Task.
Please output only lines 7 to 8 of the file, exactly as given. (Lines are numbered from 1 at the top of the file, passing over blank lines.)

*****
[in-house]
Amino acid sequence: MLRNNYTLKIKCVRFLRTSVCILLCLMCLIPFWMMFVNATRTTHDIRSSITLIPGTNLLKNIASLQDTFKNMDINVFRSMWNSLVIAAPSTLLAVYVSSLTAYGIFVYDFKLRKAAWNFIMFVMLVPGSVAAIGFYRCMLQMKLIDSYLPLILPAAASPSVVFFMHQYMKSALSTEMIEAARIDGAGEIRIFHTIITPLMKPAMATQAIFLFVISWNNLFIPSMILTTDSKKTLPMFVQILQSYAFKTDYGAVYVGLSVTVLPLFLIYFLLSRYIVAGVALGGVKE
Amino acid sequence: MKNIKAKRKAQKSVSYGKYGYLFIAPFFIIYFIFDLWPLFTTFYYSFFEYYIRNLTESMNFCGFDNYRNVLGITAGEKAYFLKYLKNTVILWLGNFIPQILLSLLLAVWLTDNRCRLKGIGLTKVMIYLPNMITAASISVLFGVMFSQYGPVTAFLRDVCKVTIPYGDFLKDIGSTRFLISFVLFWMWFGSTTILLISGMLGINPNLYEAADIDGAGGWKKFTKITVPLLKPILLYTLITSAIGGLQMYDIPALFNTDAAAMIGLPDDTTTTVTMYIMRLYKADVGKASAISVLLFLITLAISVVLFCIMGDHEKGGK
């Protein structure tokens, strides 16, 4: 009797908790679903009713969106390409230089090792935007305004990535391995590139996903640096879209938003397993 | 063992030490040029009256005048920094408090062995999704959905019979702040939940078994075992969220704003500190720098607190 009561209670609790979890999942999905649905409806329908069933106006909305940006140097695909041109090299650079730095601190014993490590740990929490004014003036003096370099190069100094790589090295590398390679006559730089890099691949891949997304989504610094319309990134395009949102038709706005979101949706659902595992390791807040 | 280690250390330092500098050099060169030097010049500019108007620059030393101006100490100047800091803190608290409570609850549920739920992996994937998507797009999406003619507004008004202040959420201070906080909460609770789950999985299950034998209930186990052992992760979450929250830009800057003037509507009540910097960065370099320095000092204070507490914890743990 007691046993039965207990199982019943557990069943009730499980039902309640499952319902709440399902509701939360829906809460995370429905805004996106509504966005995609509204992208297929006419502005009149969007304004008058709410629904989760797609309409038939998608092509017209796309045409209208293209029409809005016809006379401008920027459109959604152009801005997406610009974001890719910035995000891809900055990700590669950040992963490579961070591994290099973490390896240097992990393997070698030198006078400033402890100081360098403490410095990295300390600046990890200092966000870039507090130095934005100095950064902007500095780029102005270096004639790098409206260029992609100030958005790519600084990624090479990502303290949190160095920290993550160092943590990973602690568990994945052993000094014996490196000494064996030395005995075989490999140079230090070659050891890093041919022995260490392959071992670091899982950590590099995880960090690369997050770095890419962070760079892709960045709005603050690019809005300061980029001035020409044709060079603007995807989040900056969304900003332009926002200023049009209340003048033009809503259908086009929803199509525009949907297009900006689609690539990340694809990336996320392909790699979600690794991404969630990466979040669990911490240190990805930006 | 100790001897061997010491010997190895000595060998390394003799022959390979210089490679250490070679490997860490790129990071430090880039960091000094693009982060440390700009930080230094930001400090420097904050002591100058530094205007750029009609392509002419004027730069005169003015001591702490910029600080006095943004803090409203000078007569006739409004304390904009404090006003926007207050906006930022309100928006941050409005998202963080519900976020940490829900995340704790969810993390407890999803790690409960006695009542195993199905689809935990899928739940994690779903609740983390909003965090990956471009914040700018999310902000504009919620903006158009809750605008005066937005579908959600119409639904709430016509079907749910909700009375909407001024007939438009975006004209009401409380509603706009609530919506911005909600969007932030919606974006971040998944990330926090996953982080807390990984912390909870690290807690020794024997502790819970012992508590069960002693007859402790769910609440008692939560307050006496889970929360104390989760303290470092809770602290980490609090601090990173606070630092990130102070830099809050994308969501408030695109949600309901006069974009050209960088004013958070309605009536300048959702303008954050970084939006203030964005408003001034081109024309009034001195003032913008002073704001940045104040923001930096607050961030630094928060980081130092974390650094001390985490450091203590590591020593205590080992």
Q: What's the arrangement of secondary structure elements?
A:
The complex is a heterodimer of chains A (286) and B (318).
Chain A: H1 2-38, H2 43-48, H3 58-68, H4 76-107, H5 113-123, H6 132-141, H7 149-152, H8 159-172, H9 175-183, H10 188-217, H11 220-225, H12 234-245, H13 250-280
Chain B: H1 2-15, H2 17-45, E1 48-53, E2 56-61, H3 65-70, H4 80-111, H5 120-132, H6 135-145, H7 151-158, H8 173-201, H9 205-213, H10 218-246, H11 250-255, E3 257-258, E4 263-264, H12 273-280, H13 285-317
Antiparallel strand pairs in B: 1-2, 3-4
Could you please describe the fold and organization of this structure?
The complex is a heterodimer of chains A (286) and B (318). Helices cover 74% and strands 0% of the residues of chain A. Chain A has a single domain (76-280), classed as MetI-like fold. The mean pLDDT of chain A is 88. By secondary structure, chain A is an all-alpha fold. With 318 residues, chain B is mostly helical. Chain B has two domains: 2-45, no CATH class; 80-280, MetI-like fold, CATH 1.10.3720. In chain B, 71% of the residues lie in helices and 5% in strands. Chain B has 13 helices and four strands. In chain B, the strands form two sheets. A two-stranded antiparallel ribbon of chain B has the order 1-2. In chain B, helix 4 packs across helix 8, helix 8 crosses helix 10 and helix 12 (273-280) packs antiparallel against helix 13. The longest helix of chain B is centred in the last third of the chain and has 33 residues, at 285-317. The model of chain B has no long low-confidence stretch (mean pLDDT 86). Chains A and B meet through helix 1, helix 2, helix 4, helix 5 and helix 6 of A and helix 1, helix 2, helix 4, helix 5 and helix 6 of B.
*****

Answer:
The complex is a heterodimer of chains A (286) and B (318).
Chain A: H1 2-38, H2 43-48, H3 58-68, H4 76-107, H5 113-123, H6 132-141, H7 149-152, H8 159-172, H9 175-183, H10 188-217, H11 220-225, H12 234-245, H13 250-280